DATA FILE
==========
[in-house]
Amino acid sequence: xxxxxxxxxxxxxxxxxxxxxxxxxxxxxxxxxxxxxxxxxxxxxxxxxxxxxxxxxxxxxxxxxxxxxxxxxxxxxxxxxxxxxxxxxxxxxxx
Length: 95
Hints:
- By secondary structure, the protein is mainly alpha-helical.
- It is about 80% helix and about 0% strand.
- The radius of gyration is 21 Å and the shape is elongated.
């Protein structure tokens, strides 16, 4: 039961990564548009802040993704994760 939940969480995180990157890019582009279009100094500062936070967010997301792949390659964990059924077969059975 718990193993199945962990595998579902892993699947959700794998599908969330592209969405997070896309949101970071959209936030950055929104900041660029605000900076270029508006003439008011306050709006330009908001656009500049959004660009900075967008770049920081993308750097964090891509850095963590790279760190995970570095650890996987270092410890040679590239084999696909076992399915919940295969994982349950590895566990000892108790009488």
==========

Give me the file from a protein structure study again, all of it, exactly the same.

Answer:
[in-house]
Amino acid sequence: xxxxxxxxxxxxxxxxxxxxxxxxxxxxxxxxxxxxxxxxxxxxxxxxxxxxxxxxxxxxxxxxxxxxxxxxxxxxxxxxxxxxxxxxxxxxxxx
Length: 95
Hints:
- By secondary structure, the protein is mainly alpha-helical.
- It is about 80% helix and about 0% strand.
- The radius of gyration is 21 Å and the shape is elongated.
């Protein structure tokens, strides 16, 4: 039961990564548009802040993704994760 939940969480995180990157890019582009279009100094500062936070967010997301792949390659964990059924077969059975 718990193993199945962990595998579902892993699947959700794998599908969330592209969405997070896309949101970071959209936030950055929104900041660029605000900076270029508006003439008011306050709006330009908001656009500049959004660009900075967008770049920081993308750097964090891509850095963590790279760190995970570095650890996987270092410890040679590239084999696909076992399915919940295969994982349950590895566990000892108790009488």